Compared to the aforementioned foreign MNCs in Malaysia, the two local MNCs , local firms place somewhat less attention on hiring practices to attract and retain talented cadres. This is because the talented cadres in Malaysia seem to gravitate to foreign owned firms, including Japanese, European, and U.S. MNCs, in consideration of their attractive employment packages. Local firms mainly recruit people through newspaper advertisements. These local MNCs are also different from foreign MNCs in that they emphasize person and job (PJ) fit, a congruence between the demands of the job and the needed skills, knowledge and abilities of a job candidates (Edwards 1991). Based on the various interview findings and evaluation, it is understood that these local companies have little notion of selection criteria. This may be a strong factor in the sole emphasis of the PJ fit that further allows the functional manager to assume full responsibility in the selection decision. In summary, the influence of the parent company values and practices are very noticeable when observing their distinctive recruitment and selection strategies.
Salary and Compensation
Salary dang compensation making meaningful distinctions in pay increase to reward high and low performers. In addition, Malaysian firm do not furnish blanket pay increase, nor do they reward non performers. The foreign MNCs generously reward average and above employees, ranging from a medium to high degree of difference. Most of the companies offer median quartile range rewards. Japan MNCs endeavors to motivate and retain talented cadres by strongly differentiating the salary increase for average and excellent performance. Besides rewarding past performance, this strategy helps to motivate future performance. However, the Anglo Dutch company structures less incentive differentiation between non and poor performers. Apparently, it is the corporate intent to instill some form of pressure on poor performing employees. Similar to Japan MNCs and Europe MNCs also substantially differentiates reward distribution according to performance rankings. Local MNCs previously implemented seniority based reward systems. Exacerbated by a change of socio economic values, consequently, this traditional system resulted in a below market salary, perceived unfairness, and demoralized employees.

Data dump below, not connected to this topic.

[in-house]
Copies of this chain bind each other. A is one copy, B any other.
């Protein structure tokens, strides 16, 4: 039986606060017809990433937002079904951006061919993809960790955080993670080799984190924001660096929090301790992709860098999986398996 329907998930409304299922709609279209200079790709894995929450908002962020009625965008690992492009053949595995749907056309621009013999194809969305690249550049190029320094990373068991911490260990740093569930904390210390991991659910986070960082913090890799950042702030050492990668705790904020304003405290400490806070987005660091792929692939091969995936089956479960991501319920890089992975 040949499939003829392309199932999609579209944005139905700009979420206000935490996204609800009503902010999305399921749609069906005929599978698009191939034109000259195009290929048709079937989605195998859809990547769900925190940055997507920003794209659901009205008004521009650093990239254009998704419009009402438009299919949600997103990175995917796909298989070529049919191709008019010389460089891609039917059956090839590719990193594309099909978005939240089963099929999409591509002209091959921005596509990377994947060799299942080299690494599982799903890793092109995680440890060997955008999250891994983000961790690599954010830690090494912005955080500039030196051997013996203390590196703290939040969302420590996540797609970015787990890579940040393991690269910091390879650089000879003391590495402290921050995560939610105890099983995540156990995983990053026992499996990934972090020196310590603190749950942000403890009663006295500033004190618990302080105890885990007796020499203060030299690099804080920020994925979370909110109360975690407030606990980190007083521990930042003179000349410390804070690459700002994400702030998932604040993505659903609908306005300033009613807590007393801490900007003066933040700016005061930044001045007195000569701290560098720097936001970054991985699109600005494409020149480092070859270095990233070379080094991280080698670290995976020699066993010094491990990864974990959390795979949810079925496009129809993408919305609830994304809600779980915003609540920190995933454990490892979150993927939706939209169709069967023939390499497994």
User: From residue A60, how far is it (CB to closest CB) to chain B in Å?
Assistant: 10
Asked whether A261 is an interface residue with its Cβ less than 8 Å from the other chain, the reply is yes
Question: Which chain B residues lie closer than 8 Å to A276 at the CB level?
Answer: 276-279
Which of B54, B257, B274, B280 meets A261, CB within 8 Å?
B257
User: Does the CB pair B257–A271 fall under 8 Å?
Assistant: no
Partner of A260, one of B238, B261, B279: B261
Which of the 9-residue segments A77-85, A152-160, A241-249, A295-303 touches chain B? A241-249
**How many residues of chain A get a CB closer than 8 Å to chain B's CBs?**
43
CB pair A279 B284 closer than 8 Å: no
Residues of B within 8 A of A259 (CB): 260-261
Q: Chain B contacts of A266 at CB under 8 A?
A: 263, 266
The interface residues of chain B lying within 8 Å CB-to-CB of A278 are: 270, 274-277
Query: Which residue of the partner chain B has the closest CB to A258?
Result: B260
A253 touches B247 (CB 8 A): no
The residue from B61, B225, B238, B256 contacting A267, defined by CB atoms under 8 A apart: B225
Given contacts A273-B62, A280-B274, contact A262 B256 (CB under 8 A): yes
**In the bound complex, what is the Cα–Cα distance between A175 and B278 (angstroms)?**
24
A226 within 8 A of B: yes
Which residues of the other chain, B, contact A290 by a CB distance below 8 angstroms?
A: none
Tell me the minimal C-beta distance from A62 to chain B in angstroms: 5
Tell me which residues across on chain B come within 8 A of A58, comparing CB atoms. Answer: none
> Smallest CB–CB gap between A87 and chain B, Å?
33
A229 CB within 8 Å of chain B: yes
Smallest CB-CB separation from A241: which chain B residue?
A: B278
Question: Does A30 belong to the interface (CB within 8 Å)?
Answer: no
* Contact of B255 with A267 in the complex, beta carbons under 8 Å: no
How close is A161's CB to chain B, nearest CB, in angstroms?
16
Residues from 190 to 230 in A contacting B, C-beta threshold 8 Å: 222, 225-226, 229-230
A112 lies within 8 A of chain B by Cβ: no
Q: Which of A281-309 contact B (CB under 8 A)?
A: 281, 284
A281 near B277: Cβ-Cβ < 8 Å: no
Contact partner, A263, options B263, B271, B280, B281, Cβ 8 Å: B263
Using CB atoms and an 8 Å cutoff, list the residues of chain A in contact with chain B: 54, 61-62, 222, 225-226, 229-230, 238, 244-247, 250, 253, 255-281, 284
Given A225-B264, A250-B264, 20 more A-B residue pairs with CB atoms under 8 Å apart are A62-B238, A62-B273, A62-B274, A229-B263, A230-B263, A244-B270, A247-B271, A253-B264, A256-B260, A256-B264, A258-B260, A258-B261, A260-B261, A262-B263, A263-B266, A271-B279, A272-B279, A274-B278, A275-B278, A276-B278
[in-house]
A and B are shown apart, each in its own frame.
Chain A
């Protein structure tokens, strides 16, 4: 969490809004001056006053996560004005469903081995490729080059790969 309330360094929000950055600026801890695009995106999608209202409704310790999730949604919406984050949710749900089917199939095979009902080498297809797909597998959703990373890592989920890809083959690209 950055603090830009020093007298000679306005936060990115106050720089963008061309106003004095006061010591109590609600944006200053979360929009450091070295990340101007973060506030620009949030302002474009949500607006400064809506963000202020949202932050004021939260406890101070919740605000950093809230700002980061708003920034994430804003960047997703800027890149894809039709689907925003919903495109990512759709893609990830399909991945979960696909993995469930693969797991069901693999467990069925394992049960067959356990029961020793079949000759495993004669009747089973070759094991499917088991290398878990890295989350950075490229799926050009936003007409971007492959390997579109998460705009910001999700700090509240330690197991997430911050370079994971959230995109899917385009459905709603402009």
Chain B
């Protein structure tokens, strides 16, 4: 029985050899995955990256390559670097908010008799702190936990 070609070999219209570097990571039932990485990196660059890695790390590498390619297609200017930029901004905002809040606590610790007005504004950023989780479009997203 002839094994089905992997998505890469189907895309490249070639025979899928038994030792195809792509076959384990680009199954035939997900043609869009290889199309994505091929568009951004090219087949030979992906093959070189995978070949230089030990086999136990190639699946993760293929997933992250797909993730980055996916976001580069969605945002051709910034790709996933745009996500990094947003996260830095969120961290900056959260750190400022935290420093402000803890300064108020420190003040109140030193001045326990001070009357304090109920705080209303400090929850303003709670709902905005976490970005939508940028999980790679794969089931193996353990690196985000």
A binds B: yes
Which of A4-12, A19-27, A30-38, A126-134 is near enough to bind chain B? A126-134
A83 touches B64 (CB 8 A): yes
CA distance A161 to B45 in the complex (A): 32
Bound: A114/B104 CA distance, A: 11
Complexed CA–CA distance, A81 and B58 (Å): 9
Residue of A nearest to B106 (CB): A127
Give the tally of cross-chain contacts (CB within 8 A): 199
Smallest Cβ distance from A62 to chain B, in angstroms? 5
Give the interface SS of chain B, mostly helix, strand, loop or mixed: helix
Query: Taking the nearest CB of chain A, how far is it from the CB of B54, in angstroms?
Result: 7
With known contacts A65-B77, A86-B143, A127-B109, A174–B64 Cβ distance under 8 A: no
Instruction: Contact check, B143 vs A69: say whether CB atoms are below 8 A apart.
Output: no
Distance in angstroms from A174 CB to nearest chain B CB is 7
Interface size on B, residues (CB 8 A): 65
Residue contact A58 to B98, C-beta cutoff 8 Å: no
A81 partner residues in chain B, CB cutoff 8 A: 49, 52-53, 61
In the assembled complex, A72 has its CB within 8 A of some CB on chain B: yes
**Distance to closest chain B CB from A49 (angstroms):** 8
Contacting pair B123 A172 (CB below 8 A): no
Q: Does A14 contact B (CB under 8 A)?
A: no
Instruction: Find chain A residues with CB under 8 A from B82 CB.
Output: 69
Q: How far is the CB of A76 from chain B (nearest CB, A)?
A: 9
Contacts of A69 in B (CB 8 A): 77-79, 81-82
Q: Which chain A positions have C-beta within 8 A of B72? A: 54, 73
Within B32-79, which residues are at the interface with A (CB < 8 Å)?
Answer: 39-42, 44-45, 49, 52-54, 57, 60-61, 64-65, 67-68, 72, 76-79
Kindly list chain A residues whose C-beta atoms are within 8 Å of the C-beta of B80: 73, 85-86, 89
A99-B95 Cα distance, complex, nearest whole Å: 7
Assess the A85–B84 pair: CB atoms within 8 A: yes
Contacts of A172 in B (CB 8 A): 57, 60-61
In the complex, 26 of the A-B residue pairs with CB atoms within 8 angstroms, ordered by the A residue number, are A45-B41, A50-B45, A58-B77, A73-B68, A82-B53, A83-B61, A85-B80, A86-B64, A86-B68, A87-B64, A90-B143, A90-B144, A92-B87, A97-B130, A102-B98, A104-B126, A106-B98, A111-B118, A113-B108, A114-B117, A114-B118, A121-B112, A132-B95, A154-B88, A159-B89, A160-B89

Local MNCs adopted PFPS given that the intended motivation and retention strategies were complicated by more traditional practice. This new scheme introduced a large differentiation from average to excellent performance levels. Practices PFPS, narrowly fixes the percentage of pay increase for poor and excellent performers. In other words, Japan MNCs focuses more on the motivation and the retention effort for average and good performers, given the medium and high degrees of variance in pay increase. A further contrast is the pay increase structure of the highly family managed and cost sensitive. This company has a structural design of pay increase that depicts narrow and even an incremental spread of pay increase across all degrees of performance, indicating that the policy is to give equal attention, or priority, on each performance level.
HRM practice in Malaysia revealed that benefit practices are extensive in the foreign companies, offering equally attractive perks that appeal to different groups of employees (i.e., senior, younger and newer staff across different hierarchical levels). A more interesting finding was that these foreign MNCs responded to changing social values by redesigning the fringe benefits. Redesign was also undertaken on the other traditional fringe benefits (i.e., housing subsidy, retirement scheme and insurance coverage) that were becoming less attractive amongst the highly mobilized younger workforce, and who prefer real time monetary rewards.